Three Great Blue Note CDs Featuring J.J. Johnson as Sideman

During his career as a jazz musician, the late J.J. Johnson recorded many times as a leader. His well known musical vision and skills as a writer and arranger — not to mention his virtuosic translation of modern jazz to the trombone — meant the leader role fit him well. That same reputation, too, meant he was in demand as a sideman. In these instances, J.J.’s playing always adds something special to the musical proceedings, and, while freed from the responsibilities of a leader, he might sound a little more relaxed than usual. Below are three Blue Note CDs you may not have heard yet: all feature J.J. as a sideman. Check them out. The titles and cover art will link to the music at Amazon.

Afro-Cuban

Kenny Dorham: Afro Cuban

Leader: Kenny Dorham, Recording date: March 28, 1955

  1. Afrodisia
  2. Basheer’s Dream
  3. Lotus Flower
  4. Minor’s Holiday
  • J.J. Johnson, trombone
  • Kenny Dorham, trumpet
  • Hank Mobley, tenor saxophone
  • Cecil Payne, bass sax
  • Horace Silver, piano
  • Oscar Pettiford, bass
  • Art Blakey, drums
  • Carlos Valdez, percussion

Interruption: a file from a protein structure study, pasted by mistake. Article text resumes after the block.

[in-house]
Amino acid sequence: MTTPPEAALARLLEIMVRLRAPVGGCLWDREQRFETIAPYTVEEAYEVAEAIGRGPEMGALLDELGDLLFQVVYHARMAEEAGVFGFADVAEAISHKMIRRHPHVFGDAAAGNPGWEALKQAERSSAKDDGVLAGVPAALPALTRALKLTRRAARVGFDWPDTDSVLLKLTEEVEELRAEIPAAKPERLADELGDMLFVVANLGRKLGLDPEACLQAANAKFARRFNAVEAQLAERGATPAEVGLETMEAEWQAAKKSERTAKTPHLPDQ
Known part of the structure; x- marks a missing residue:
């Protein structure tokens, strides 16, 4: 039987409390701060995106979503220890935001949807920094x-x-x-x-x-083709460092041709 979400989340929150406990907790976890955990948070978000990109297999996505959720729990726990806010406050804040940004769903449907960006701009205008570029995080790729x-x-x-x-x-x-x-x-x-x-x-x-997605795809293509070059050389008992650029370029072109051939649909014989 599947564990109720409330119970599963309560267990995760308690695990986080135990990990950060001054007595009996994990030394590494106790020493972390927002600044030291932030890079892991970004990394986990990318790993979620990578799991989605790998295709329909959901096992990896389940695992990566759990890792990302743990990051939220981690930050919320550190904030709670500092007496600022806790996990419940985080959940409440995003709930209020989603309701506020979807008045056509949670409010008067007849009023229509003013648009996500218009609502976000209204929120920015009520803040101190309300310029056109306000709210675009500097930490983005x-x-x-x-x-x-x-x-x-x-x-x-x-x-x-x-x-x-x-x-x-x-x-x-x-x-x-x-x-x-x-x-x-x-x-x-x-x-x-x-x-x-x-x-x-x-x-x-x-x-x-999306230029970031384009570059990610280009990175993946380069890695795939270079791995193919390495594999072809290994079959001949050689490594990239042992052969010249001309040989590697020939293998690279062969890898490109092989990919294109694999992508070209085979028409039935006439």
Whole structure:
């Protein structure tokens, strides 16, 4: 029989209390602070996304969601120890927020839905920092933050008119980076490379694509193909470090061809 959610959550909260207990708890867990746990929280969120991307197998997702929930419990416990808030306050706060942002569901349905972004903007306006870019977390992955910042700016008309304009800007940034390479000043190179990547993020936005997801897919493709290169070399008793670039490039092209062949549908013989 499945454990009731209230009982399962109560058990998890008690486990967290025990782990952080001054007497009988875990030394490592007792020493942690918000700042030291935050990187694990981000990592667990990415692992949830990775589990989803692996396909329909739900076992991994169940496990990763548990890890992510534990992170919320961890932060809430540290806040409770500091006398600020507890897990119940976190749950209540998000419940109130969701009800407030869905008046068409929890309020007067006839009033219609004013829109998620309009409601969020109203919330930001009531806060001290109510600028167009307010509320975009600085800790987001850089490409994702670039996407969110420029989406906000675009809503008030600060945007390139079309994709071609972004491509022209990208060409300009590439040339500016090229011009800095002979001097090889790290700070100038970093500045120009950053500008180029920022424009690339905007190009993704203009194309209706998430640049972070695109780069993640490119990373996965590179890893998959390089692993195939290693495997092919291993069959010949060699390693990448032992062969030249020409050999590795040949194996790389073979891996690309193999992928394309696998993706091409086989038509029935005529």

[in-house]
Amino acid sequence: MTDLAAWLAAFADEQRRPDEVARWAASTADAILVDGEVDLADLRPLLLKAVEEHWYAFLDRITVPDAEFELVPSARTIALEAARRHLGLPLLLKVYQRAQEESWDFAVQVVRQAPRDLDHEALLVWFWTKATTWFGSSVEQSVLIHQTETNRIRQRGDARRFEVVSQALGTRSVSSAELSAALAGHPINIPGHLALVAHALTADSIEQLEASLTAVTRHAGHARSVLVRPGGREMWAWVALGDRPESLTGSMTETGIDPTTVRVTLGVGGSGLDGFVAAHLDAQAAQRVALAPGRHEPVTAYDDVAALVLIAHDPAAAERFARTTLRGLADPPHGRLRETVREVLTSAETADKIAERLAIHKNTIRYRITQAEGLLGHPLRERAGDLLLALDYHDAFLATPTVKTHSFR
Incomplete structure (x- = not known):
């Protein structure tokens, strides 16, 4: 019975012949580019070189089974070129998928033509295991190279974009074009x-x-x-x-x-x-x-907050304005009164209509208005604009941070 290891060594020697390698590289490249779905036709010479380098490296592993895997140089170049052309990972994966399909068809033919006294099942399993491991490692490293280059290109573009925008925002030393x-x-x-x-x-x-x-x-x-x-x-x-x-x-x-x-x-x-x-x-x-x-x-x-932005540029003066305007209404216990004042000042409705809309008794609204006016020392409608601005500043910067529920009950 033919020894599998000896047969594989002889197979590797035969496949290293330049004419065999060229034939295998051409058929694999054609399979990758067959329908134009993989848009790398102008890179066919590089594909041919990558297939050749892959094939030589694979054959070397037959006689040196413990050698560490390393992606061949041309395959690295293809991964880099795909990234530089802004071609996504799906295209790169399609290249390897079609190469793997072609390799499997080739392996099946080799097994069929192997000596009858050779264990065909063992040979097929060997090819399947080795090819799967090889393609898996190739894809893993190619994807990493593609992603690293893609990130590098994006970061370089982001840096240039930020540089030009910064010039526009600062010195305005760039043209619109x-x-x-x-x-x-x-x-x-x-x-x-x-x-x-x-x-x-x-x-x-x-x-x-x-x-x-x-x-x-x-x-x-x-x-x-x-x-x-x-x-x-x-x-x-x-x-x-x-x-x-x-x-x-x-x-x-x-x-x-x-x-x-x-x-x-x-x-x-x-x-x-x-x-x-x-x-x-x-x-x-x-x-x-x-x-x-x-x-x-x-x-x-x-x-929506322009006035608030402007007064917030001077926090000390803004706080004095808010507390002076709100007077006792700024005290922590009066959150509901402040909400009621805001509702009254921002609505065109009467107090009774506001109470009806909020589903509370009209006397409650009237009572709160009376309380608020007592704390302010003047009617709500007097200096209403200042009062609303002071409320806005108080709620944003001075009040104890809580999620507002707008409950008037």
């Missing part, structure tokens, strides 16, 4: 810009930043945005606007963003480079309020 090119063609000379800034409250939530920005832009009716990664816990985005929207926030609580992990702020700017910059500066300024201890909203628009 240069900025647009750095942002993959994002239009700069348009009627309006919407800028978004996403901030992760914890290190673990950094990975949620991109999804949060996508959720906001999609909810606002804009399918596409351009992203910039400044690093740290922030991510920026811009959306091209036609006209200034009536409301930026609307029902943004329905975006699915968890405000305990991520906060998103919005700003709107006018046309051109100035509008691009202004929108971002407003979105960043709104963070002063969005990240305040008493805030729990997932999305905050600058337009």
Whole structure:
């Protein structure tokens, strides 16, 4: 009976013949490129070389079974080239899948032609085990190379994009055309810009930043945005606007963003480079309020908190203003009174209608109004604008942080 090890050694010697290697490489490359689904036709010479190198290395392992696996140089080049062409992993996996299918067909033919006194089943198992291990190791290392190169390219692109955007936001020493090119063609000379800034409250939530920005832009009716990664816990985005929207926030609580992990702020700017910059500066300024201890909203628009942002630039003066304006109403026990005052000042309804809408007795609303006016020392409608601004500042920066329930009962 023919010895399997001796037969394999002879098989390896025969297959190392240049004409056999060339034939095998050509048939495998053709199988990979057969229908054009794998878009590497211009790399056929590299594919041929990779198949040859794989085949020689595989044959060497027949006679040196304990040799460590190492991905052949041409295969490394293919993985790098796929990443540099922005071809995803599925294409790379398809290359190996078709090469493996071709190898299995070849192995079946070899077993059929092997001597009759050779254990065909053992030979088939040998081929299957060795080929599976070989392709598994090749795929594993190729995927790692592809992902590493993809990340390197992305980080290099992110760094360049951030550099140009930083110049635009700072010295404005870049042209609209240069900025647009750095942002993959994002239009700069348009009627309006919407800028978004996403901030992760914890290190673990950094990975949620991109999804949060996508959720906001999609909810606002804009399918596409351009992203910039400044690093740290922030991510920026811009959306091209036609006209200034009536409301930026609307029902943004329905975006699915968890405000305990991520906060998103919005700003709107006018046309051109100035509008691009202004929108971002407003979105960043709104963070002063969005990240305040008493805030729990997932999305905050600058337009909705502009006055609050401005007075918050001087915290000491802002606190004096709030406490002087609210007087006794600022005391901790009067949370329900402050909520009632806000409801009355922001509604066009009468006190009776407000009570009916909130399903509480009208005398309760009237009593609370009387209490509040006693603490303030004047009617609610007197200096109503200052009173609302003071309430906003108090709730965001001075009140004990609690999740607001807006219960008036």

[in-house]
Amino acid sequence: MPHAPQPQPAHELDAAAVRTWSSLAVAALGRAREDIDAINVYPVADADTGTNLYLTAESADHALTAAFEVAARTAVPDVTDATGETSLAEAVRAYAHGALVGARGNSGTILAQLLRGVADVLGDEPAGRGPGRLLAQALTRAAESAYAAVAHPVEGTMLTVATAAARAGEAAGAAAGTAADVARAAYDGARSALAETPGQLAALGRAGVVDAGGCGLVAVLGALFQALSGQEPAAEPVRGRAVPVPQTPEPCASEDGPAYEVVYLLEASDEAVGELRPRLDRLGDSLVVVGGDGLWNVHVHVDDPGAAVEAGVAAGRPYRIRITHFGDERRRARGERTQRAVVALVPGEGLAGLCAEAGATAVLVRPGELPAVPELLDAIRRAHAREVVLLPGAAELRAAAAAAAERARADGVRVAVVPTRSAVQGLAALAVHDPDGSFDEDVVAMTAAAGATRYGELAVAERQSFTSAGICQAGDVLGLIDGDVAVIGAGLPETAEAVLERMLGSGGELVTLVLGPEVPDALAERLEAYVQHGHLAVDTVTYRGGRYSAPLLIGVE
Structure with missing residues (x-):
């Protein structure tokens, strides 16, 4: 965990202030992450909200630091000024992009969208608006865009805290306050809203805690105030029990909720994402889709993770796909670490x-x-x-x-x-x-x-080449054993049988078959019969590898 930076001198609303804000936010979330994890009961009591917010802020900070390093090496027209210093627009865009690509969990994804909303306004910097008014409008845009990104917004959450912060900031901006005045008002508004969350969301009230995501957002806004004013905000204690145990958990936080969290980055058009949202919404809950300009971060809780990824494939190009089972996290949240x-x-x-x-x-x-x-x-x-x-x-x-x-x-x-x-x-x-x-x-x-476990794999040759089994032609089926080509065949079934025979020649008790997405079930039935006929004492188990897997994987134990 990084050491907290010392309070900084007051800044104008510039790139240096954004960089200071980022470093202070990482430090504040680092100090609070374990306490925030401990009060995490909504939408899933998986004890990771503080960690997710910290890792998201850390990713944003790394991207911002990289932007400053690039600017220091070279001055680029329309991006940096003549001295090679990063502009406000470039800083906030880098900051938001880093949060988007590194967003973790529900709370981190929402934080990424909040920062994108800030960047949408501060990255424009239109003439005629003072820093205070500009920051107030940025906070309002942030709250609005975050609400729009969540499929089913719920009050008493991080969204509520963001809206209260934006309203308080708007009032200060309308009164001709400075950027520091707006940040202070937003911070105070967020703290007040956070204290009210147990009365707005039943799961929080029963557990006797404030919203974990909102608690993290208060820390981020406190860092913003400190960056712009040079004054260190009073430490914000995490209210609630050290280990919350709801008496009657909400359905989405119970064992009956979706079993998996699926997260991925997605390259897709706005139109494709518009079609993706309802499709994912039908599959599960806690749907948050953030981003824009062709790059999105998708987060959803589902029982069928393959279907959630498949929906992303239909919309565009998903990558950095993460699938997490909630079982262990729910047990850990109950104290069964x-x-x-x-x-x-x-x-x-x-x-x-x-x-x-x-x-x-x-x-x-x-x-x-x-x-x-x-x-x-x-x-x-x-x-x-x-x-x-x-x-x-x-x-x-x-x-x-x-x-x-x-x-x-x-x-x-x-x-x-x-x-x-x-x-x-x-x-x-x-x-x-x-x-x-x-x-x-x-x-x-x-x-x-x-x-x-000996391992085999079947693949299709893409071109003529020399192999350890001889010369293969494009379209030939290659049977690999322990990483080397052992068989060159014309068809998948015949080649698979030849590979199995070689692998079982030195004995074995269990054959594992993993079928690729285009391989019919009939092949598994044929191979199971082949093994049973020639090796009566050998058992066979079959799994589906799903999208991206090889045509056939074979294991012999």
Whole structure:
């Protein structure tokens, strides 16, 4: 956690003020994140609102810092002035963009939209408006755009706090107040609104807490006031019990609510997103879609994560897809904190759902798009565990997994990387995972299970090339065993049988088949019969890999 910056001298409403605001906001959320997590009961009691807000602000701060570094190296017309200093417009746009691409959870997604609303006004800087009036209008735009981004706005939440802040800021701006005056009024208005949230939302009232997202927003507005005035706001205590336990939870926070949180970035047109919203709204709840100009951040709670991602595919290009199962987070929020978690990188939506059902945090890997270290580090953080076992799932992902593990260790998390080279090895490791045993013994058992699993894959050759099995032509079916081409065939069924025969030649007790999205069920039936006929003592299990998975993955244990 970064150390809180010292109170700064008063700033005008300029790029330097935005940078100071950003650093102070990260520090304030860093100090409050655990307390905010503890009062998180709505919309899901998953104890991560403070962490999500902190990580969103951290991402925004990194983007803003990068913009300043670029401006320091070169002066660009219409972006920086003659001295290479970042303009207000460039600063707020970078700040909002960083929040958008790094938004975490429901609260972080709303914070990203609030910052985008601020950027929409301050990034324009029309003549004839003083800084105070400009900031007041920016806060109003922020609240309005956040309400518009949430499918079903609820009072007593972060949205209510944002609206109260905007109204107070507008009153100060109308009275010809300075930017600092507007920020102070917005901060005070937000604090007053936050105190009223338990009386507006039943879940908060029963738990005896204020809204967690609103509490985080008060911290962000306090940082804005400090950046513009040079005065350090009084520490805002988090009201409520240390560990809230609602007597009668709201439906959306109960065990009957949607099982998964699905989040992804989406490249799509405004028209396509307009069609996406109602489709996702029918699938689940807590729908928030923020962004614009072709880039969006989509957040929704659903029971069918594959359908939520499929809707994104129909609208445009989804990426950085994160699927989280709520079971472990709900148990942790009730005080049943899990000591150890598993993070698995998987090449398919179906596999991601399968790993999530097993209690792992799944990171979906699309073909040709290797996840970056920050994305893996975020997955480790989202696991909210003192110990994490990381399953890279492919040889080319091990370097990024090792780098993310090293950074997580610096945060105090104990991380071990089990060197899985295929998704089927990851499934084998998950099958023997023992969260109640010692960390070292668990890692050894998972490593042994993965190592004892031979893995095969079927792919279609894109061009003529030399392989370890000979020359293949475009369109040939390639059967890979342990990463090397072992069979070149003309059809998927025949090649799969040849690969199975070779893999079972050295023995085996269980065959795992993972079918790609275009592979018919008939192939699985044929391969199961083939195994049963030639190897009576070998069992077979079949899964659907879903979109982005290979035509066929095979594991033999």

Volume 2

Sonny Rollins: Vol. 2

Leader: Sonny Rollins, Recording date: April 14, 1957

Page for this recording at Wikipedia

  1. Why Don’t I?
  2. Wail March
  3. You Stepped Out of a Dream
  4. Poor Butterfly
  5. Misterioso
  • J.J. Johnson, trombone
  • Sonny Rollins, Tenor saxophone
  • Horace Silver, piano
  • Paul Chambers, bass
  • Art Blakey, drums

Cape Verdean Blues

Horce Silver: Cape Verdean Blues

Leader: Horace Silver, Recording date: October 22, 1965

Page for this recording at Wikipedia

  1. Nutville
  2. Bonita
  3. Mo’ Joe
  • J.J. Johnson, trombone
  • Horace Silver, piano
  • Woody Shaw, trumpet
  • Joe Henderson, tenor saxophone
  • Bob Cranshaw, bass
  • Roger Humphries, drums

Brookmeyer Interview at Jazz Wax

On the web, there are lots of things to read, see, and hear. Consequently, there are a lot of things one might miss. One good thing I missed was this Bob Brookmeyer interview. Jazz Wax, the home of the interview, is run by Marc Myers, a New York journalist, and was linked from NPR’s new jazz blog, A Blog Supreme.

Incidentally, you might wonder how NPR came up with the great title, “A Blog Supreme.” Well, they had a contest to name the blog, but they conducted the contest after they had already come up with the obviously-fantastic “A Blog Supreme” name. Go figure.

Art Ford Jazz Party

A Kinescope find from the Internet Archive. The “Art Ford Jazz Party” aired on the DuMont Television Network. Included in the frontline is trombonist Tyree Glen and saxophonist Coleman Hawkins. The rest of the very strong line-up: Teddy Charles (vibes), Hank Damico (clarinet), Mary Osborne (guitar), Johnny Windhurst (trumpet), Morey Feld (drums), Todd Colberg (bass), and Alec Templeton (piano). Pianist Roland Hanna (Later Sir Roland Hanna) and singer Maxine Sullivan also make appearances later in the program.